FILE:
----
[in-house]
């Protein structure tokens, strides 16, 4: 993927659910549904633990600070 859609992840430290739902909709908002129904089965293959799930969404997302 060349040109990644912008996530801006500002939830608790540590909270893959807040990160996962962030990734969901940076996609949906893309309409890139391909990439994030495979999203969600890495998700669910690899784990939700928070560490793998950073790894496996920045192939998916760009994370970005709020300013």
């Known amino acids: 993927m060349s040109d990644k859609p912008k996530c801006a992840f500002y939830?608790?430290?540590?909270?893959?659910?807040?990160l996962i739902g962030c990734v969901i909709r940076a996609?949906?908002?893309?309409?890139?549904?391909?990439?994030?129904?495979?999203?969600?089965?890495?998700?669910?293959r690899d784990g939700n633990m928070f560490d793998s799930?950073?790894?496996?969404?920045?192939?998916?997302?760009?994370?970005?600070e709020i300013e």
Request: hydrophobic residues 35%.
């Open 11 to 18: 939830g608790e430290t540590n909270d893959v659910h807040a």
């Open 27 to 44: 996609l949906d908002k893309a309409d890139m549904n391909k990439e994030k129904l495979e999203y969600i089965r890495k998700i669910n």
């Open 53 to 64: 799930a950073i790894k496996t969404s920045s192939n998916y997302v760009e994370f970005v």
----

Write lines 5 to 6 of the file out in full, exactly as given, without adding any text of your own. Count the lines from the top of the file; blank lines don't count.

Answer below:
């Open 11 to 18: 939830g608790e430290t540590n909270d893959v659910h807040a």
């Open 27 to 44: 996609l949906d908002k893309a309409d890139m549904n391909k990439e994030k129904l495979e999203y969600i089965r890495k998700i669910n």